Kyle's work blew through these defenses and, without something like it, my opinion is that we'd still see these as the main defense used against distributed systems bugs (as opposed to test methodologies that can actually produce pretty reliable systems).

That's one particular example, but I find that it's generally true that, in areas where no one is publishing measurements/benchmarks of products, the products are generally sub-optimal, often in ways that are relatively straightforward to fix once measured. Here are a few examples:

This post has made some justifications for why measuring things is valuable but, to be honest, the impetus for my measurements is curiosity. I just want to know the answer to a question; most of the time, I don't write up my results. But even if you have no curiosity about what's actually happening when you interact with the world and you're "just" looking for something useful to do, the lack of measurements of almost everything means that it's easy to find high ROI measurement projects (at least in terms of impact on the world; if you want to make money, building something is probably easier to monetize).

Appendix: the motivation for my measurement posts

There's a sense in which it doesn't really matter why I decided to write these posts, but if I were reading someone else's post on this topic, I'd still be curious what got them writing, so here's what prompted me to write my measurement posts (which, for the purposes of this list, include posts where I collate data and don't do any direct measurement).

BTW, writing up this list made me realize that a narrative I had in my head about how and when I started really looking at data seriously must be wrong. I thought that this was something that came out of my current job, but that clearly cannot be the case since a decent fraction of my posts from before my current job are about looking at data and/or measuring things (and I didn't even list some of the data-driven posts where I just read some papers and look at what data they present). Blogger, measure thyself.

Appendix: why you can't trust some reviews

One thing that both increases and decreases the impact of doing good measurements is that most measurements that are published aren't very good. This increases the personal value of understanding how to do good measurements and of doing good measurements, but it blunts the impact on other people, since people generally don't understand what makes measurements invalid and don't have a good algorithm for deciding which measurements to trust.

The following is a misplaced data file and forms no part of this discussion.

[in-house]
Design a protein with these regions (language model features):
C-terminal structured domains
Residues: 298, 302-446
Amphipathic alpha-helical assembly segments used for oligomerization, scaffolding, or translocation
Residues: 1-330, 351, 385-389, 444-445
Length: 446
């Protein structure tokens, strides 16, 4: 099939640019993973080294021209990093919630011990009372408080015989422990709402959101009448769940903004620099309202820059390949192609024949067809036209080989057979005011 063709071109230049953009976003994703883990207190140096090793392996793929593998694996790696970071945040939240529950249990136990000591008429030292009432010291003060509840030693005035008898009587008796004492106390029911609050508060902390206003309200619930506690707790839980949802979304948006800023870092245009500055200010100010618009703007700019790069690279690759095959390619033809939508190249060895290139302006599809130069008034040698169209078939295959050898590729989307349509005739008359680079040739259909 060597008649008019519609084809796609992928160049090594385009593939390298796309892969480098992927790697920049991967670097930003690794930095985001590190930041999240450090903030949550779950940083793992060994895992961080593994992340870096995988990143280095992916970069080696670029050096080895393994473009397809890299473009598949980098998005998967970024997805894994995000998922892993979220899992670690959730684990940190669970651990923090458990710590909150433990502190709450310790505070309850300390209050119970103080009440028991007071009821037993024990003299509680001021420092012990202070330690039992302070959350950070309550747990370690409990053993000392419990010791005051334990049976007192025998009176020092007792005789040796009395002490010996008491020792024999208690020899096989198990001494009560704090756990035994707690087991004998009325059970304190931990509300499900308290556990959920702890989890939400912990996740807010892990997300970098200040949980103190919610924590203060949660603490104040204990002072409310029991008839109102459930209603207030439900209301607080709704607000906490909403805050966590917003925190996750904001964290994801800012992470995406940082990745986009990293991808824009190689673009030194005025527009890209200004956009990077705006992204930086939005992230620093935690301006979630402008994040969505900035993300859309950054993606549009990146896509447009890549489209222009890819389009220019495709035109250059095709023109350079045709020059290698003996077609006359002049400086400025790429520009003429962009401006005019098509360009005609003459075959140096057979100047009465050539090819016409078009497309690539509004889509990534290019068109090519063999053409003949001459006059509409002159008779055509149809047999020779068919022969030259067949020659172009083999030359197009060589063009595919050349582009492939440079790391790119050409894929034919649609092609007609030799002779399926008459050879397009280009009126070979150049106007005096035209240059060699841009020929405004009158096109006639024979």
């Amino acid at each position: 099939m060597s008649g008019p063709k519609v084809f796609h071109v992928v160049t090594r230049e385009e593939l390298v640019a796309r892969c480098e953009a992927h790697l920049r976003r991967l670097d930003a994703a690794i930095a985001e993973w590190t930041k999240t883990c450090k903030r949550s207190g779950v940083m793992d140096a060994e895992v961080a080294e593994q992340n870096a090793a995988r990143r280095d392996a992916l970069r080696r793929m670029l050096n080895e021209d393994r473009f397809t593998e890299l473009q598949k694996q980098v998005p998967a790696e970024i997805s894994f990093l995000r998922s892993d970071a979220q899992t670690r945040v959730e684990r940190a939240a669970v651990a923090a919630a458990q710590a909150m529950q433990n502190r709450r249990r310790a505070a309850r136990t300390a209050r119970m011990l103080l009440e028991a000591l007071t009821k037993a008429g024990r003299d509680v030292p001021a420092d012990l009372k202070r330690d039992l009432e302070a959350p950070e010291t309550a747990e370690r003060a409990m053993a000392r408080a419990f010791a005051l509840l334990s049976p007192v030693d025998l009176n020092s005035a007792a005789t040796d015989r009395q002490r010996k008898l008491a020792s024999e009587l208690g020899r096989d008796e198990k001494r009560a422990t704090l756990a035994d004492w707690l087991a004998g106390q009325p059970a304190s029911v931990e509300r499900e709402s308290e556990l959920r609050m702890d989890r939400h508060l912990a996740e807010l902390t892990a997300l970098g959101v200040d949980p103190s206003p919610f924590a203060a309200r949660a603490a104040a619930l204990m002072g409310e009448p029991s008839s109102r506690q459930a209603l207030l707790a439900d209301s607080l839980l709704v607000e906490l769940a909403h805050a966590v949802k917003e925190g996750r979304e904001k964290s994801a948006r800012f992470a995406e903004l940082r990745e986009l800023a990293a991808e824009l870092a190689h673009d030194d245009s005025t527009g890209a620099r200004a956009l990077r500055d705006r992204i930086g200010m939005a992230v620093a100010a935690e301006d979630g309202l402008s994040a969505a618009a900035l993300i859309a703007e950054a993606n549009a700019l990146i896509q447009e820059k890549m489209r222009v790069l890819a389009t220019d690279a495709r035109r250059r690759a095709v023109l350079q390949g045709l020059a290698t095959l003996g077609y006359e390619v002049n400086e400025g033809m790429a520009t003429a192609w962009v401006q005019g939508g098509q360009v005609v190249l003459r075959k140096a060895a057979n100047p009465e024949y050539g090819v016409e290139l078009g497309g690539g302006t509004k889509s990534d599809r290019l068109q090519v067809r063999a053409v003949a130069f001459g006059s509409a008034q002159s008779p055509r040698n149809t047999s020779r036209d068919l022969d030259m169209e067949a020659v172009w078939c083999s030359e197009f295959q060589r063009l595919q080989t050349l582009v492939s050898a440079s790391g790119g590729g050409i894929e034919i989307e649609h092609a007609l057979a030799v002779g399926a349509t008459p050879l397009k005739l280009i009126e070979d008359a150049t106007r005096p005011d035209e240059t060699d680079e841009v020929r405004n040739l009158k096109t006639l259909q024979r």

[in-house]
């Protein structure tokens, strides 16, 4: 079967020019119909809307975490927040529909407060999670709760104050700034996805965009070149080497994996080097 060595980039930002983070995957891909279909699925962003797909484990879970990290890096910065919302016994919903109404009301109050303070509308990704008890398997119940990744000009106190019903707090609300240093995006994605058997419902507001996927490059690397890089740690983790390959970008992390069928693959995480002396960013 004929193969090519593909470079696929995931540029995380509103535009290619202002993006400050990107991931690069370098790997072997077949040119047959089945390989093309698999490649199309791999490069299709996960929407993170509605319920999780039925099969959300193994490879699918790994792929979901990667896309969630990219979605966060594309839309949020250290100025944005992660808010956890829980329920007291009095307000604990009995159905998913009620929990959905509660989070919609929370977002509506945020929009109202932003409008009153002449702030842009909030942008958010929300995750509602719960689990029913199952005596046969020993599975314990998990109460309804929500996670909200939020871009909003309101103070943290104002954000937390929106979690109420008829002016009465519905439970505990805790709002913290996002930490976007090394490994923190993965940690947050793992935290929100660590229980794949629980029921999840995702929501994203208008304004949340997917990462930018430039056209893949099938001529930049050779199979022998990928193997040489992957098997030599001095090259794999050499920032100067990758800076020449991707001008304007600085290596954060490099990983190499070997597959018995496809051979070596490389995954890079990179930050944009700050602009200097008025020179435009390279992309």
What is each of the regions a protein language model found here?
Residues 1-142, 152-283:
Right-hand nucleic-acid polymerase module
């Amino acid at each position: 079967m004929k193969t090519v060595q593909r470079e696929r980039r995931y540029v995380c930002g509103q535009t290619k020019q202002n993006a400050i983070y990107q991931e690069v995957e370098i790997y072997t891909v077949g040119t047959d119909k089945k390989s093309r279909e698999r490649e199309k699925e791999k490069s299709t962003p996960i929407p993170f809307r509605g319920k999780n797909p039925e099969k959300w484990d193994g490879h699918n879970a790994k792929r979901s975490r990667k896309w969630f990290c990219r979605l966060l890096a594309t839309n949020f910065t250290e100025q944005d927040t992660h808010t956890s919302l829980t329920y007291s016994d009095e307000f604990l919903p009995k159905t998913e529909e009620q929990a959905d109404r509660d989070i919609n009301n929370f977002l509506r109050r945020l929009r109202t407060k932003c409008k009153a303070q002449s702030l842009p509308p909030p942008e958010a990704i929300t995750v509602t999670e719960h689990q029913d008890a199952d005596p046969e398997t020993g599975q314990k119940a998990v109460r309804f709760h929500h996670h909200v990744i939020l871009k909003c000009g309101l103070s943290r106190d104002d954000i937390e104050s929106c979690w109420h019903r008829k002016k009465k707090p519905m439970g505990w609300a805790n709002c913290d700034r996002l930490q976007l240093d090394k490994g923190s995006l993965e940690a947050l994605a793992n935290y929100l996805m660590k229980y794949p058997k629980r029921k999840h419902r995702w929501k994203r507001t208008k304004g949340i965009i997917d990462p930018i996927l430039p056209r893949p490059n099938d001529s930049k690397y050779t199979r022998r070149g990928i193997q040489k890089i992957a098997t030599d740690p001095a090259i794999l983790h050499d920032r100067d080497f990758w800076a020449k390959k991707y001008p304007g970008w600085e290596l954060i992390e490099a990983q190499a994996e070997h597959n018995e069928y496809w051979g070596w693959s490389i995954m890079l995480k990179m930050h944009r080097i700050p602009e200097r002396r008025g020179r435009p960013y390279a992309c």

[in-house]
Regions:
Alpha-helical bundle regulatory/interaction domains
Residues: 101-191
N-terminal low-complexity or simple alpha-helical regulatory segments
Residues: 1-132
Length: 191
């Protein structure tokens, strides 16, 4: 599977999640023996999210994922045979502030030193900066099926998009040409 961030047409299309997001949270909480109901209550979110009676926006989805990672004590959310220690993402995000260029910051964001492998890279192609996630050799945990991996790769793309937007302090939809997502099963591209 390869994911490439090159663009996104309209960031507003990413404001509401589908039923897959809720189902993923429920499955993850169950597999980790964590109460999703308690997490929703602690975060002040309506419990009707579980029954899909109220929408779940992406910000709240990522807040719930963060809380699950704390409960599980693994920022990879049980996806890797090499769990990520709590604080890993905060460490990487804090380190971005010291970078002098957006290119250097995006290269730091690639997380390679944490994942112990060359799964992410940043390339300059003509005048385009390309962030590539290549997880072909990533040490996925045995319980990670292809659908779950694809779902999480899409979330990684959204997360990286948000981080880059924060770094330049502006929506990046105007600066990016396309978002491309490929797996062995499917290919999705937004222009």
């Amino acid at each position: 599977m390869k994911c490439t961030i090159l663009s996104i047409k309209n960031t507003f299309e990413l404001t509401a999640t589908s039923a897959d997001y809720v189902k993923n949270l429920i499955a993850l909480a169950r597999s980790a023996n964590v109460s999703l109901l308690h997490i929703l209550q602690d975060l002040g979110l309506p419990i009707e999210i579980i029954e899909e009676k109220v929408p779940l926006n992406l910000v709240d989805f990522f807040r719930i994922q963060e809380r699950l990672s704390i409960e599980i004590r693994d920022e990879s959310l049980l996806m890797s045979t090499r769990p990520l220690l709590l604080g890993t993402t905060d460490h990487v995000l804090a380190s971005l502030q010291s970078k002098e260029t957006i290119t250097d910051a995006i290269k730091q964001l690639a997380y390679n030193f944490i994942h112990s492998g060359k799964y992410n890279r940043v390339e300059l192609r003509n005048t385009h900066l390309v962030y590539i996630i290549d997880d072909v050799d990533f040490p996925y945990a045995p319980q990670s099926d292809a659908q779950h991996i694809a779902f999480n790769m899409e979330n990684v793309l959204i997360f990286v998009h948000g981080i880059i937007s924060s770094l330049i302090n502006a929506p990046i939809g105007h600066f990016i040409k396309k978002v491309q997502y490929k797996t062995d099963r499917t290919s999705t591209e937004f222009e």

There are a variety of reasons that published measurements/reviews are often problematic. A major issue with reviews is that, in some industries, reviewers are highly dependent on manufacturers for review copies.

Car reviews are one of the most extreme examples of this. Consumer Reports is the only major reviewer that independently sources their cars, which often causes them to disagree with other reviewers since they'll try to buy the trim level of the car that most people buy, which is often quite different from the trim level reviewers are given by manufacturers and Consumer Reports generally manages to avoid reviewing cars that are unrepresentatively picked or tuned. There have been a couple where Consumer Reports reviewers (who also buy the cars) have said that they thought someone realized they worked for Consumer Reports and then said that they needed to keep the car overnight before giving them the car they'd just bought; when that's happened, the reviewer has walked away from the purchase.

There's pretty significant copy-to-copy variation between cars and the cars reviewers get tend to be ones that were picked to avoid cosmetic issues (paint problems, panel gaps, etc.) as well as checked for more serious issues. Additionally, cars can have their software and firmware tweaked (e.g., it's common knowledge that review copies of BMWs have an engine "tune" that would void your warranty if you modified your car similarly).